The five most-traded stocks of 2021


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The five most-traded stocks of 2021, 2 degrees to save a cool $369 million, and 44% of us shun cash

Here are five things you may have missed this week.

Travel and BNPL dominate 2021's most-traded stocks

qantas most traded stocks of 2021

Trading platform Superhero has revealed the most traded stocks in 2021 across its 150,000-strong customer base.

The top five most traded Aussie companies for the year to November 30, 2021, were:

  1. Zip Co
  2. Flight Centre Travel Group
  3. Fortescue
  4. Qantas
  5. Afterpay

The most-traded Australian exchange traded fund was BetaShares NASDAQ 100 ETF.

Superhero CEO and co-founder, John Winters says, "There was a clear trend that our customers invested in the brands they interacted with regularly."

Cut 2 degrees off your air con to save

Chilling out can be expensive. A Finder survey shows close to 7 out of 10 of us rely on air con to escape the summer heat, and the extra power consumption can ramp up our collective electricity bills by $1.5 billion.

The ACCC says the cost of power is the lowest in eight years. But we're still throwing money out the window when it comes to keeping our homes comfortable - over one in ten households admit to leaving their air con on when they're not at home.

Mariam Gabaji, energy expert at Finder, says, cranking your air con thermostat to 24 degrees, up from 22 degrees, could slash $369 million off the nation's combined summer power bill. Sounds like a cool idea!

Aussies go digital for everyday purchases

Digital wallets are fast becoming the norm. Just under half of all Aussies use digital wallets at least sometimes, while 21% use them always or most of the time.

That's according to a survey by Choosi which found one in three digital devotees have no plan to return to cash.

The trouble is, digital wallets make buying easy. Four in five users admit they're more likely to make impulse buys with their digital wallet.

No one is expecting a return to notes and coins any time soon - and the folding stuff had been on the wane long before the pandemic.

However, with the 2021-22 Mid-Year Economic and Fiscal Outlook showing household consumption has increased at its fastest pace in more than two decades, it does pay to remember that no matter how you pay, the cost comes out of your pocket at some stage.

APRA turns up the heat on super funds

While most of us are winding down for the festive season, the Australian Prudential Regulation Authority (APRA) is dialling up the pressure on super funds.

APRA has just released its latest 'Choice Heatmap', which compares fund results against APRA's benchmarks of investment returns and fees. Unlike earlier reviews of MySuper products, APRA focused on fund products where members choose where they want their super invested.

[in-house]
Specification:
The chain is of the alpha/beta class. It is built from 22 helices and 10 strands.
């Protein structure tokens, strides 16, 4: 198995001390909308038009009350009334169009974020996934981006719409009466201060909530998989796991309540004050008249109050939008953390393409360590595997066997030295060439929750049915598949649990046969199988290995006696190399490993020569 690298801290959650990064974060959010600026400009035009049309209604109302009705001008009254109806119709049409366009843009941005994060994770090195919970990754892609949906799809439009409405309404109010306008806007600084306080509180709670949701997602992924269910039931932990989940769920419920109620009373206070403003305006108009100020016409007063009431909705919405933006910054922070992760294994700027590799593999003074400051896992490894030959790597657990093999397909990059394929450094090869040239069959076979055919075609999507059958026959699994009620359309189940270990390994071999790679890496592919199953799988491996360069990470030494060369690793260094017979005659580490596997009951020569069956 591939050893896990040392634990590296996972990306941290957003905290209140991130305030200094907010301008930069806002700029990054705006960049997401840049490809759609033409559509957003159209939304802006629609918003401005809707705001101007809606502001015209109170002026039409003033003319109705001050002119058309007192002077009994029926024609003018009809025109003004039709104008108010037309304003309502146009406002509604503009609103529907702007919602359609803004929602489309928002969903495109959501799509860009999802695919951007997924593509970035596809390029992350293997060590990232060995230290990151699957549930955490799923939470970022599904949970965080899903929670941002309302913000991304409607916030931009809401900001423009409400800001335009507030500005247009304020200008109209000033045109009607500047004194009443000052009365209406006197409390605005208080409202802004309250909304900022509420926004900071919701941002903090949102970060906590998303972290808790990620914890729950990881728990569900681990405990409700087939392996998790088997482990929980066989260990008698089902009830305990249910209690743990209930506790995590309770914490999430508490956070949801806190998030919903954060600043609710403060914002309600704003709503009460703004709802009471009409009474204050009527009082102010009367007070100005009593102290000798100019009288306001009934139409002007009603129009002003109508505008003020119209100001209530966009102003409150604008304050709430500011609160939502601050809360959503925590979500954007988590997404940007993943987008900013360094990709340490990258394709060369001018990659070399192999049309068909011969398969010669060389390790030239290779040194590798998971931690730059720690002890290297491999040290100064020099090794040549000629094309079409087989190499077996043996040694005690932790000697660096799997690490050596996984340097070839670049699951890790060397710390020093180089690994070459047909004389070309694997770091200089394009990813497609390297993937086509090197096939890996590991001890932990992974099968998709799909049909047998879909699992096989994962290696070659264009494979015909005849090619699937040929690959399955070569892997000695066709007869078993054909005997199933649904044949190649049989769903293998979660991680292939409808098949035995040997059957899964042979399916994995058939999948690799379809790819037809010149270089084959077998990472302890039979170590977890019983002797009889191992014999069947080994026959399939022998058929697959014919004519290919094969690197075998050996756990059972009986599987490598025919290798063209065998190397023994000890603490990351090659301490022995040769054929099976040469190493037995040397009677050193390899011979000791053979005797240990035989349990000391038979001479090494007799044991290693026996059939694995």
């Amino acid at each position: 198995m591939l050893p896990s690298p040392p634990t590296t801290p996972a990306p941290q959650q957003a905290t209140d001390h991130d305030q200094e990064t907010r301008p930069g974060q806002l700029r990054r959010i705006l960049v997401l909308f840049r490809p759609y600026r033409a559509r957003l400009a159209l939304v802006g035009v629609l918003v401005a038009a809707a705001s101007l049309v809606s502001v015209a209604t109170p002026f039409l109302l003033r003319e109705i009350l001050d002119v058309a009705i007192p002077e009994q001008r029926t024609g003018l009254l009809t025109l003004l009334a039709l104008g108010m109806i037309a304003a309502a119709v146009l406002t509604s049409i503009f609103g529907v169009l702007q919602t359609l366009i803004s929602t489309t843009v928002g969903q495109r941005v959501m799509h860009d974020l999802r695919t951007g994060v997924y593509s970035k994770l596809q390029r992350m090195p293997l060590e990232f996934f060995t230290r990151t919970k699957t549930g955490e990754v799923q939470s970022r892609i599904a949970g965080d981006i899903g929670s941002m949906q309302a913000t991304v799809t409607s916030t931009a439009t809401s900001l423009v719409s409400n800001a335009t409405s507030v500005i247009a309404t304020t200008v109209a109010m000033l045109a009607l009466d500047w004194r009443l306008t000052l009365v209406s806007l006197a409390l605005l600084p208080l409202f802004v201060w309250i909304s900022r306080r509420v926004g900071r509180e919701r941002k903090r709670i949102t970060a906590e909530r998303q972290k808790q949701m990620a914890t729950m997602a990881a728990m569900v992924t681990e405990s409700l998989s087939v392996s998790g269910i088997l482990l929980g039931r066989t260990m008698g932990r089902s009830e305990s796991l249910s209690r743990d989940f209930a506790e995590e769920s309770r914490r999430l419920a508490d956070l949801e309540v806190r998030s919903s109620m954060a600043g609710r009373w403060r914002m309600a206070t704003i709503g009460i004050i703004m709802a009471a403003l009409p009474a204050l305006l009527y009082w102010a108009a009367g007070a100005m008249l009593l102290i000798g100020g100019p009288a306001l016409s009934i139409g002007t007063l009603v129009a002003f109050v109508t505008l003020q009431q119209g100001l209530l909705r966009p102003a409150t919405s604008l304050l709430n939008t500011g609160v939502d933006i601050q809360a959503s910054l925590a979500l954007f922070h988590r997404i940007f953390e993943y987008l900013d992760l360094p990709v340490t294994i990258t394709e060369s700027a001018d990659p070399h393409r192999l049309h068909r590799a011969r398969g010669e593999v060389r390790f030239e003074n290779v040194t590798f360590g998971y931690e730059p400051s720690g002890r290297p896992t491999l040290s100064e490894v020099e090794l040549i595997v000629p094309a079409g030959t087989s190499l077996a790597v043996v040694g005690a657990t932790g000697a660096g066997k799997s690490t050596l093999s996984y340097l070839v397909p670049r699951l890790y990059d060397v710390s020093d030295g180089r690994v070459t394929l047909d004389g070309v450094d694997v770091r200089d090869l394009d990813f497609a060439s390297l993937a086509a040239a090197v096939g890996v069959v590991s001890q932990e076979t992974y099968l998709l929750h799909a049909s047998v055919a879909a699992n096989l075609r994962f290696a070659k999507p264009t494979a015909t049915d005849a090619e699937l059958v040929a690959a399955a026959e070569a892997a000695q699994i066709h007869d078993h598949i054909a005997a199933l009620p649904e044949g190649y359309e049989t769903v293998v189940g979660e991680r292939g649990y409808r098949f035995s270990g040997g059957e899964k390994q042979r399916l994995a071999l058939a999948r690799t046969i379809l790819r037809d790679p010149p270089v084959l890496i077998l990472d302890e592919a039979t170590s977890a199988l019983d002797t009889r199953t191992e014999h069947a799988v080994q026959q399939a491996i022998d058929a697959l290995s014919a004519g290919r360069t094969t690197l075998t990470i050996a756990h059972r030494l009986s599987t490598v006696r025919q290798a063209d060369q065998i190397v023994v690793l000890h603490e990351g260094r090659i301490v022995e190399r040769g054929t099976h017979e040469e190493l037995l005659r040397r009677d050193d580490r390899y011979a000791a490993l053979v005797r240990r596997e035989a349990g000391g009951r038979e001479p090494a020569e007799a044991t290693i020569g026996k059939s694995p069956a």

APRA's analysis found 60% of investment options delivered returns below the benchmarks over seven years. One in four options delivered "significantly poor" returns.

APRA added that the fees and costs of choice products are considerably higher than for MySuper products without delivering any obvious benefit to members.

For some fund managers, this latest APRA survey could be the Grinch that stole Christmas. Among the poor performers were investments options managed by industry giants including AMP, IOOF and Aware Super.

APRA Executive Board Member Margaret Cole said, "Although there have been benefits generated for (super fund) members from industry consolidation and reductions in fees in recent years, these heatmaps show there remains considerable room for improvement."

A not-so-festive season for three out of 10 Australians

For growing numbers of Australians, the festive season is less about good cheer and more about financial survival.

The Salvation Army found that in 2020, 76% of Australians were looking forward to Christmas. This year that figure is down 68%.

Research by The Salvos shows one in three of us are worried about how we'll pay for Christmas. Over one in four are stressing about how they'll afford gifts for family and friends, and more than one in ten of us will go into debt paying for the festive season.

"The COVID-19 pandemic has greatly increased the percentage of Australians feeling huge pressure about their finances," says Major Bruce Harmer, the Salvation Army's National Public Relations Secretary.

As always, the Salvos are lending a hand.

"We don't want anyone to struggle in silence this Christmas, and want to stress that there is no shame in reaching out for support," says Major Harmer.

In what is the traditional time of giving,  donations can be made to the Salvation Army's Christmas Appeal by calling 13 SALVOS (13 72 58) or head to the Salvation Army website. Donations of $2 or more can be claimed on tax.

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A former Chartered Accountant, Nicola Field has been a regular contributor to Money for 20 years, and writes on personal finance issues for some of Australia's largest financial institutions. She is the author of Investing in Your Child's Future and Baby or Bust, and has collaborated with Paul Clitheroe on a variety of projects including radio scripts, newspaper columns, and several books.
Ray Mayne
December 18, 2021 8.52am

5 most traded stocks on "Superhero app" should be the title, and what percent of ASX trades does Superhero actually account for? I always considered Money articles to be informative journalism, hopefully it doesn't become clickbait like so much other junk journalism out there.